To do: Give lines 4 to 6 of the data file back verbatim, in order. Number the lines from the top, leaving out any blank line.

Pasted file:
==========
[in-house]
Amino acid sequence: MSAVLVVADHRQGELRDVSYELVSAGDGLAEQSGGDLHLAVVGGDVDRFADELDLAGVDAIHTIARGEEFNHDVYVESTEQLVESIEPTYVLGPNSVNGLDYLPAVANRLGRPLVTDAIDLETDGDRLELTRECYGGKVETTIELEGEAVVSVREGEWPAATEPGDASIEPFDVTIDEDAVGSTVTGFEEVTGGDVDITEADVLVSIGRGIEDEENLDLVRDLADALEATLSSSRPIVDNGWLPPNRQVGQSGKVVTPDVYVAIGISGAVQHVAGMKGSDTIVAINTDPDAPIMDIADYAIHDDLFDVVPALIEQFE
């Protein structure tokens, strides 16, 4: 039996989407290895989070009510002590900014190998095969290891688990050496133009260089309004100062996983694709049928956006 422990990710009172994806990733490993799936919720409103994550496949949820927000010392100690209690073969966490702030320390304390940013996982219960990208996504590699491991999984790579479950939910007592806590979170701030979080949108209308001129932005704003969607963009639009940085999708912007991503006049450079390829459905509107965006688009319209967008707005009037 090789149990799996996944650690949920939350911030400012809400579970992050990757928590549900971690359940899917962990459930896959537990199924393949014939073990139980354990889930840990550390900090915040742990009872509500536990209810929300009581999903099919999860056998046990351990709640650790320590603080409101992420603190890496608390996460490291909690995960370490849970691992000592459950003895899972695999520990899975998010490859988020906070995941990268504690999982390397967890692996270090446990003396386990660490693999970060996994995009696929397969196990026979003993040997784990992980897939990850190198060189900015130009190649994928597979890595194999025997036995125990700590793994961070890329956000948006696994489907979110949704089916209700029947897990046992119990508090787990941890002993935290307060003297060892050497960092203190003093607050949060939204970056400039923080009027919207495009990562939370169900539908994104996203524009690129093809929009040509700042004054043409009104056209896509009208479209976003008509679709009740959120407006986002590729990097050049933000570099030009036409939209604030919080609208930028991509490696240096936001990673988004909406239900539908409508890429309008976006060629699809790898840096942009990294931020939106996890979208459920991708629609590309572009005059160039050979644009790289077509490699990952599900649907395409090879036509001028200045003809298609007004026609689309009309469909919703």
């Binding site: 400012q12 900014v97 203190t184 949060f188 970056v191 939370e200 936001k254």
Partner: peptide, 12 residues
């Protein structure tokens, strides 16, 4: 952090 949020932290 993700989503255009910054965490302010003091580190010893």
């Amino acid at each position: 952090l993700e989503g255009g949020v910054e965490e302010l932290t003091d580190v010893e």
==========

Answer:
């Binding site: 400012q12 900014v97 203190t184 949060f188 970056v191 939370e200 936001k254």
Partner: peptide, 12 residues
């Protein structure tokens, strides 16, 4: 952090 949020932290 993700989503255009910054965490302010003091580190010893």